Beyond Blue

Beyond Blue

I’m Giving Up Numbers for Lent: How Rankings Distract Me and Drive Me Crazy (Crazier, That Is)

numbers 2.jpg
I’m giving up numbers for Lent, yes I am. 

I will not step on the scale first thing in the morning (ranking no. 1). I will not check out my ranking or read any new review of my book, Beyond Blue. I will not find out my rankings for the new one, The Pocket Therapist. I am not going to check out how my posts are ranking on Psychcentral or the Huffington Post. I will not keep track of how many Facebook friends I have, how many people are following me on Twitter, or how many people have, for whatever reason, removed me from their friend list or dropped me from Twitter. I will not look at my weekly statistics for my blog. I will pretend for a few 24 hours that I don’t care which blog post brought me the most traffic, what sites are linking to me, and which gallery piece did best (like, for example, “15 Ways to Stop Obsessing!”).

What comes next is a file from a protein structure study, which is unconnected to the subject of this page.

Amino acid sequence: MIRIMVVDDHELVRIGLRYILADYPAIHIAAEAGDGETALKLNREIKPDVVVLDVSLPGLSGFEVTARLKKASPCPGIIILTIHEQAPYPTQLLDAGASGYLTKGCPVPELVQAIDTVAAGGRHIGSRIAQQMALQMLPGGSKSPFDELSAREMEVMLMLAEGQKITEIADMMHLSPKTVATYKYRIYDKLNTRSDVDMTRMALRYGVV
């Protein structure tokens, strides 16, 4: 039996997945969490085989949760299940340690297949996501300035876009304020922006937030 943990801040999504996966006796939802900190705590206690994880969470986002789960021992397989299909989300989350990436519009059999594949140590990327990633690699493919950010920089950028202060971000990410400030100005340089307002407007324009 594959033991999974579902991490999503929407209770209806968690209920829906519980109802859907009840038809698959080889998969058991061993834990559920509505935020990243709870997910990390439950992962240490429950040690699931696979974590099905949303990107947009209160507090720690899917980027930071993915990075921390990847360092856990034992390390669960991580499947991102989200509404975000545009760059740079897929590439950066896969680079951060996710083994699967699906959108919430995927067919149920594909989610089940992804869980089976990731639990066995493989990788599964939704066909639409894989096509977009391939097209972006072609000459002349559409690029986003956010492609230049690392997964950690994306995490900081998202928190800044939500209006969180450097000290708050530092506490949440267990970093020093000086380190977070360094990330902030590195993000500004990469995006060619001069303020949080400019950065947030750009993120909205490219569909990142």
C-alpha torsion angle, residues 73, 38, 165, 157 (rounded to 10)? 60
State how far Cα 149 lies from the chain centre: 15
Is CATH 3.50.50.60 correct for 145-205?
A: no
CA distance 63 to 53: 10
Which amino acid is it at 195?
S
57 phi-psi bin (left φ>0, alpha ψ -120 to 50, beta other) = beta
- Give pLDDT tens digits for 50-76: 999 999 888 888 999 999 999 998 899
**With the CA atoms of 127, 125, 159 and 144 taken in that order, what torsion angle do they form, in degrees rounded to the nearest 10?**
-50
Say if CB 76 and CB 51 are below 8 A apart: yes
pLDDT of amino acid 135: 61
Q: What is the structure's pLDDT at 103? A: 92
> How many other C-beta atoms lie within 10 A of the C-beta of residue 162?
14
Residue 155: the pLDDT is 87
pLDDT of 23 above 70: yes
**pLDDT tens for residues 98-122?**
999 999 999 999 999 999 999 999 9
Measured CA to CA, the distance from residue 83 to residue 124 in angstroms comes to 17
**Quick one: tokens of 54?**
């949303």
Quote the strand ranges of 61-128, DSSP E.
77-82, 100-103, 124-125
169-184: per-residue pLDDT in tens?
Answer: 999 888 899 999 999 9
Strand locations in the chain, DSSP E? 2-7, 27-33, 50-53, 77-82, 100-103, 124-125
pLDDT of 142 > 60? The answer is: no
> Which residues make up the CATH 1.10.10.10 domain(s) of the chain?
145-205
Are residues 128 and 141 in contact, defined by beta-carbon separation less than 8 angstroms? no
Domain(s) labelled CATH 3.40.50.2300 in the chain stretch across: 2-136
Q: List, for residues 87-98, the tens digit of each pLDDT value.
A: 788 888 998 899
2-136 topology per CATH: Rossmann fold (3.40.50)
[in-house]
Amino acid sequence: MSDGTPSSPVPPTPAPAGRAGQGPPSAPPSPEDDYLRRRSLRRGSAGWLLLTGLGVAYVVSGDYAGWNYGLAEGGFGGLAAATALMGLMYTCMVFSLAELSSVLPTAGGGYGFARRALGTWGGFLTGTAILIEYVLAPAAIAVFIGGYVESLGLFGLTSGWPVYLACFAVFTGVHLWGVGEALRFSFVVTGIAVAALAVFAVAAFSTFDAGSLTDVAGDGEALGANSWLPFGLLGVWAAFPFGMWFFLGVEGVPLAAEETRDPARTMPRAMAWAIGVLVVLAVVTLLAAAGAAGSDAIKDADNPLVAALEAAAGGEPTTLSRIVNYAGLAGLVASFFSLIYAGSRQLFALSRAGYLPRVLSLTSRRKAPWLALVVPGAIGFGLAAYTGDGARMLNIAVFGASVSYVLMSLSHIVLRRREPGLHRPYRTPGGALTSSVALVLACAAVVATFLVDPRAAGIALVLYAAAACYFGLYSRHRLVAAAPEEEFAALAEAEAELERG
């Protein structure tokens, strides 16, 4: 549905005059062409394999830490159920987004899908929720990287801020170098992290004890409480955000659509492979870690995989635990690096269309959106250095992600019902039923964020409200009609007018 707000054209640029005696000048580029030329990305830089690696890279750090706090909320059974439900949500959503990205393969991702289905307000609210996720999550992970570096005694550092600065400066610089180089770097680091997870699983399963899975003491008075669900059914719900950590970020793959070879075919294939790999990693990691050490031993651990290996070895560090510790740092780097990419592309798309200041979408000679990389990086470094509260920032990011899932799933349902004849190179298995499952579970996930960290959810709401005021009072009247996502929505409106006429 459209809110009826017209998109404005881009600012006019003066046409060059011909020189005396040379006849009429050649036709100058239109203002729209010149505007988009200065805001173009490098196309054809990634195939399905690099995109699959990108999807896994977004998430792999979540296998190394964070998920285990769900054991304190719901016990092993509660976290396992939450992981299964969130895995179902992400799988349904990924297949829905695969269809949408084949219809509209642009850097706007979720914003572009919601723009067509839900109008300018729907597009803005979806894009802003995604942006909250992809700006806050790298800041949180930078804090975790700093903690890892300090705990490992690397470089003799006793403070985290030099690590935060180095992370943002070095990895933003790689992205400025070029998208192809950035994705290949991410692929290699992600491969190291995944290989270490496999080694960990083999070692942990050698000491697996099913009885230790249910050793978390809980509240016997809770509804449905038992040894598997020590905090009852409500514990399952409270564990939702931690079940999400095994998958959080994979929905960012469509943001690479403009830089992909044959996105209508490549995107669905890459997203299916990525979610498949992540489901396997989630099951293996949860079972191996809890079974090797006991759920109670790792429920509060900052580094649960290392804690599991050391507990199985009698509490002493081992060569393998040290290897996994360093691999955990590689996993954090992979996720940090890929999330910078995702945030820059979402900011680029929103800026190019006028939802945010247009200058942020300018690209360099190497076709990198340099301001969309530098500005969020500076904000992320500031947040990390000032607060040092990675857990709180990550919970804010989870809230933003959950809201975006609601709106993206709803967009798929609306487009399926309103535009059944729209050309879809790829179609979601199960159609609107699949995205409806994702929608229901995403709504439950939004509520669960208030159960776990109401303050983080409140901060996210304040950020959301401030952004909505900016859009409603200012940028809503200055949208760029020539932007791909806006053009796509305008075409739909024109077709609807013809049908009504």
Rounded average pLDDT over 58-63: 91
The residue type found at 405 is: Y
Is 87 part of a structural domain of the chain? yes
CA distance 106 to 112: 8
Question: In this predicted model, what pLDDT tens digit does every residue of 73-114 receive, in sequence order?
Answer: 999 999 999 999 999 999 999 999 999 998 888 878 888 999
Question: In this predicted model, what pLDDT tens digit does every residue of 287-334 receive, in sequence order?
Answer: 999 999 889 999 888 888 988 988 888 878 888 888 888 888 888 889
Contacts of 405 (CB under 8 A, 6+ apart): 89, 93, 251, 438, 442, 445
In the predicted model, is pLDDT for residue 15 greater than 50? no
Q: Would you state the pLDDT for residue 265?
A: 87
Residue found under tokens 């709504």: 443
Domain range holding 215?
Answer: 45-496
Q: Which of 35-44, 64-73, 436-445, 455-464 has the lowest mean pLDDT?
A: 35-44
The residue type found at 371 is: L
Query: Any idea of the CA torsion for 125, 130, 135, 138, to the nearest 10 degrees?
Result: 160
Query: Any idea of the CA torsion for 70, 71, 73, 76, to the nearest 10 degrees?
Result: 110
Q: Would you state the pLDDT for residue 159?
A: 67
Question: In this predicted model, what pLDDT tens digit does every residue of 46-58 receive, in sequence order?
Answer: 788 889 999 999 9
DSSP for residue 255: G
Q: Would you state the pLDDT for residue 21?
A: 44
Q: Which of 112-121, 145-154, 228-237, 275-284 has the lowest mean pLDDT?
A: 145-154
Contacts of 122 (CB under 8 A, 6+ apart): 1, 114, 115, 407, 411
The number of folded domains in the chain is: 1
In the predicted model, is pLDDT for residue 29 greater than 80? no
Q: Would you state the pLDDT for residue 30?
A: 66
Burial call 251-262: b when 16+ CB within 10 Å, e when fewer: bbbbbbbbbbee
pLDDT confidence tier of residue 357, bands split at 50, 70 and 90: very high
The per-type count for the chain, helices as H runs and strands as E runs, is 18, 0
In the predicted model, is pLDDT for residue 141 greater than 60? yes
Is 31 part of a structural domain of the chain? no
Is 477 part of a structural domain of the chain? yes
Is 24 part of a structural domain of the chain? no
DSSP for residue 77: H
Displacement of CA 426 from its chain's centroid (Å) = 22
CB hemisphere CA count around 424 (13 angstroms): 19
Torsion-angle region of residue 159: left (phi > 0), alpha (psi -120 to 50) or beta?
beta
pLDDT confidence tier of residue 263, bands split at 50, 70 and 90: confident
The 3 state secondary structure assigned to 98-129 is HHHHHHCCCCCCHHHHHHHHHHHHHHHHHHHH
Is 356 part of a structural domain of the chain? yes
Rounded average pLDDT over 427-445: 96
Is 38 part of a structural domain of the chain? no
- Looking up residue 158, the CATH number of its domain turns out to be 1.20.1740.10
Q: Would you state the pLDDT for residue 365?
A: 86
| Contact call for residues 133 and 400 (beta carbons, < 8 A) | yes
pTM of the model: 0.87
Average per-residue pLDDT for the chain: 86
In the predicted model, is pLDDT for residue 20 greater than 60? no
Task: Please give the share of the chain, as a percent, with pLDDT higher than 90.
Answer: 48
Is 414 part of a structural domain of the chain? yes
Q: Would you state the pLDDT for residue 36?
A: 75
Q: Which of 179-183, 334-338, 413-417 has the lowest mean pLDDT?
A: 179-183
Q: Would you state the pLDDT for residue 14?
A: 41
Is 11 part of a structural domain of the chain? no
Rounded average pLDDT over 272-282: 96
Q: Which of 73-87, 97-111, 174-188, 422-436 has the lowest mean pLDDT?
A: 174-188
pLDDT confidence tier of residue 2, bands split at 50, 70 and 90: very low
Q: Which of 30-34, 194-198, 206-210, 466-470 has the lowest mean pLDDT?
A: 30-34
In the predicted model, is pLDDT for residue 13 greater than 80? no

I am giving up numbers and all ranking systems for 40 days, when I shall, just like Moses, wander aimlessly through the desert, with no clue if I’m going the right way, so that I have to listen extra carefully to what God is telling me.


All the ratings in my life are starting to distract me from my mission: to try to promote peace and hope in this world as best I can. The measuring sticks surrounding me are essentially building a prison in which evaluation after evaluation tell me if I’m worth anything. My self-esteem goes up and down with the rankings for the day, so that I have no steady ground on which to write the stuff in my heart. I don’t want to know which topics bring more clicks, which issues the media like, which headlines to tweet.

I want 40 days to meet myself again, and learn that I’m fine with good Amazon ratings and with crappy ones … because I am loved by God either way. I want a month and a half to dig within myself for the stories only I can write, and to craft the ones that best contribute to my mission of hope. I want to return to the wisdom of the following two passages that I read every morning as part of my prayer session: